The best no longer reside in the West.

Major League Soccer's Eastern Conference has been widely regarded as second- best to the West for many years. Just look at the past three MLS Cup contests: five of the six teams involved have come out of the Western Conference.

The San Jose Earthquakes, the league's top team overall, sit atop the West with 50 points through 26 games, but there are plenty of clubs in the East capable of making a deep run come playoff time.

For the sake of comparison, San Jose leads seventh-place Chivas USA by 22 points. In the East, just eight points separate first-place Sporting Kansas City and the next six teams.

Pair that with the fact that six of the top 10 teams in the league play in the East and it's no question which conference is stronger at the moment.

But with seven quality teams vying for five postseason berths out of the East, how will it all unfold?

Barring a monumental collapse, Sporting and Red Bull New York, which occupy first and second place, respectively, are safe bets to advance beyond the regular season.

Sporting may not be favorites to stay atop the East after Teal Bunbury was ruled out for the remainder of the season with a torn ACL sustained at the weekend.

Without a central scoring threat the past couple of seasons, Kansas City has gotten its goals by committee with Kei Kamara and C.J. Sapong chipping in. But in Bunbury's absence, there will be more pressure on the forward line and midfield maestro Graham Zusi to produce the goods.

The Red Bulls are coming off of back-to-back road points against Sporting and D.C. United, but midfielder Tim Cahill insists that the team is not satisfied with that.

"We should have really won this game and I feel anyone who watched it will probably agree," Cahill said after a 2-2 draw in D.C. on Wednesday. "I'm really happy about playing the way we did away from home, especially when playing two games in a week. This is the way to go, this is the way forward, and we need to back it up. The good thing is that the lads are disappointed with drawing and with the way we gave away the goals, but we're going to put it right in the future."

Five of New York's seven remaining matches are at home and its road games are at the Philadelphia Union and New England Revolution, giving the club a light travel schedule ahead of the postseason. The Red Bulls certainly figure to be competitive down the stretch.

The Houston Dynamo, currently sitting third in the East on 42 points, have proven to be a quite dangerous team. The club enjoyed an eight-game unbeaten streak from June 30 to Aug. 3, but Houston has taken just two points from three games since.

What is perhaps most worrying for the Dynamo is the form of leading scorer Will Bruin. The UCLA product has managed just two goals in his last 10 games, a strike rate that he will need to be improve if Houston wants to make a run at a second consecutive MLS Cup appearance.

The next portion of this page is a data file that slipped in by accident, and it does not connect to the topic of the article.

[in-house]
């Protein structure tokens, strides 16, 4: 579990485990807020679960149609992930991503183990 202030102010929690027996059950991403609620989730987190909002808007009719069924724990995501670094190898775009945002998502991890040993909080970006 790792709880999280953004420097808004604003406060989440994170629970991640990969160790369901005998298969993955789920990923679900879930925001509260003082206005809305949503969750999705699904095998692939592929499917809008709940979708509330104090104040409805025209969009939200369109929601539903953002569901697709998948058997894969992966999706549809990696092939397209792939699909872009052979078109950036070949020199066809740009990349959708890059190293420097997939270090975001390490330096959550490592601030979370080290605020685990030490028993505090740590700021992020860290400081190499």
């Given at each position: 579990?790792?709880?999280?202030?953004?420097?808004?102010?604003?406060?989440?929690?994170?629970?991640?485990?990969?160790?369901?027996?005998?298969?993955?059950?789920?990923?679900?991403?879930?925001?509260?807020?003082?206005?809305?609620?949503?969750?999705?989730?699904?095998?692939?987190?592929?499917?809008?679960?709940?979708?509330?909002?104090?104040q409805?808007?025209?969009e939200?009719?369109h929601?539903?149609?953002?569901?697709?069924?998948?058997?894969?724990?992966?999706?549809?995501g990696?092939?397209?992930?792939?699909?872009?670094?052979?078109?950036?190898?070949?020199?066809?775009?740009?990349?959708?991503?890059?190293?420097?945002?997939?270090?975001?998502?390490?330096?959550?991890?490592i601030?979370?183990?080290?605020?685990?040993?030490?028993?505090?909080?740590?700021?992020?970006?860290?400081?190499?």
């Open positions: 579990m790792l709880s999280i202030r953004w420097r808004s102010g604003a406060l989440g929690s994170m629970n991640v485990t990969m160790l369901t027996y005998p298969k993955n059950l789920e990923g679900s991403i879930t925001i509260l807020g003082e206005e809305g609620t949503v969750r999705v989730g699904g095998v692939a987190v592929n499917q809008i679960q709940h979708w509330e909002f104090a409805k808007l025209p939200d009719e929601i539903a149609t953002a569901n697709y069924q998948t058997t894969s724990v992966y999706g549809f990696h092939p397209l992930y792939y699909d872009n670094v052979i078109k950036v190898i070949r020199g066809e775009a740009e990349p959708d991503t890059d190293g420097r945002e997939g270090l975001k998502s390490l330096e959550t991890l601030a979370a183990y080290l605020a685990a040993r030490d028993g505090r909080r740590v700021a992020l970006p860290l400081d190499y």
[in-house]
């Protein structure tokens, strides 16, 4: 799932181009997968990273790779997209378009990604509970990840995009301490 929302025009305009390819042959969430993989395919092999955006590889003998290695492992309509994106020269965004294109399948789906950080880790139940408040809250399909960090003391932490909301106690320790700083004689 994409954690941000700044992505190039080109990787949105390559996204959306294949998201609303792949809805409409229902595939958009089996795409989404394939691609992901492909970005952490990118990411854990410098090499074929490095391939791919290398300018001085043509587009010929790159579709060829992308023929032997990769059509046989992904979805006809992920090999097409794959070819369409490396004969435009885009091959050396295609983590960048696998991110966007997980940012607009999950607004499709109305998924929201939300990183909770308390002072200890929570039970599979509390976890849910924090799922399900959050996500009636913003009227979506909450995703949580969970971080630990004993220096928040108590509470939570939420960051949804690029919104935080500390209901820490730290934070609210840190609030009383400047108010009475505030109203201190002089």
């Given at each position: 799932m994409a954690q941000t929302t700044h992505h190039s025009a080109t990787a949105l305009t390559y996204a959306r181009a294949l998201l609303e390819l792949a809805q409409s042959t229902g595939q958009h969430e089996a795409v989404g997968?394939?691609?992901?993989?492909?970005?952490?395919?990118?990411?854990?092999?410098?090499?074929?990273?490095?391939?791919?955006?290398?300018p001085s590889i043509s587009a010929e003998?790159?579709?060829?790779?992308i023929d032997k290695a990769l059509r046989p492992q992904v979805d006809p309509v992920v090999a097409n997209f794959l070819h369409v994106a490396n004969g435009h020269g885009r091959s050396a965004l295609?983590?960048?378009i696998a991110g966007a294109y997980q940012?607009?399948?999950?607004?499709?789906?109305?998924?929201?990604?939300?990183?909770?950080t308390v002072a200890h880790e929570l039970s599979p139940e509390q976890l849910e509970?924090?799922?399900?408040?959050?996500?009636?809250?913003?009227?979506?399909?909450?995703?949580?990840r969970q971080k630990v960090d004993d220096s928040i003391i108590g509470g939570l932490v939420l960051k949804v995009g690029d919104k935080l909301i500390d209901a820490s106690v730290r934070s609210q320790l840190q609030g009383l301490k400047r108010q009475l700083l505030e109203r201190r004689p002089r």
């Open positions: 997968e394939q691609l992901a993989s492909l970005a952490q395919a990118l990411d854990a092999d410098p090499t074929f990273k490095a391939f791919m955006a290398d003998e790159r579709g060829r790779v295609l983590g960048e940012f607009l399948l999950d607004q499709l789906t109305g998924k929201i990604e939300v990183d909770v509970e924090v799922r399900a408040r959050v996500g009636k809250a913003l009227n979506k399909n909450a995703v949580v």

D.C. United and the Chicago Fire are clinging to the final two playoff slots, tied on 41 points apiece.

With Dwayne De Rosario, Chris Pontius and now Lionard Pajoy up front, United should have no trouble scoring. But while they have scored the second-most goals in the Eastern Conference, their porous defense has leaked seven goals over the club's last three games.

Chicago has retooled its squad throughout the season, adding the likes of Alvaro Fernandez and Sherjill MacDonald as Designated Players. The Fire are 3-1-1 over their last five matches, but their most recent outing, a 4-2 loss at D.C. United, raises questions as to whether Frank Klopas can bring it all together this season or if the squad will need additional time to jell.

The two clubs on the outside looking in are the Montreal Impact and Columbus Crew, who are tied on 39 points apiece.

Montreal is the hottest team in MLS, winning five straight to make up 15 points in the table. But with the tight playoff race heating up and the Impact only having six games left, any other in-form club in the hunt could solidify a postseason berth at the expense of the expansion side with a solid run down the stretch.

Then there's Columbus.

The Crew have been a model for stout defensive play for a while, but since the departure of Guillermo Barros Schelotto, there hasn't been much for the club to write home about on the offensive end. But a lack of goals appears to be a thing of the past thanks to new signings Jairo Arrieta and Federico Higuain.

Columbus is 3-0-2 over its last five games, scoring 11 goals over that stretch. The club's last two matches have been come-from-behind wins, something Danny O'Rourke attributes to confidence and composure in front of goal.

"With the team now, we have some proven strikers that find the back of the net," O'Rourke said after the Crew's 2-1 win over Philadelphia on Wednesday. "We don't panic when we get down one nothing, two nothing. We continue to fight. ... Now we just have guys calm around the box, and create chances for us. I mean, we started to jell kind of at the right time."

Columbus and Montreal are in sublime form heading into the final two months of the season, and their playoff aspirations ultimately are in their own hands.

The fact of the matter is that both clubs still sit outside the playoff window, and the only way to get back in is for the teams above them to drop points. The most-assured route to the postseason for Columbus and Montreal would be for them to take points off of teams currently occupying playoff slots.

That places added importance on matches between playoff-hopeful teams, and with seven of the 10 Eastern Conference teams still in the playoff hunt, the race is likely to go down to the wire.

It is all setting up for an enthralling conclusion to the Eastern Conference regular season.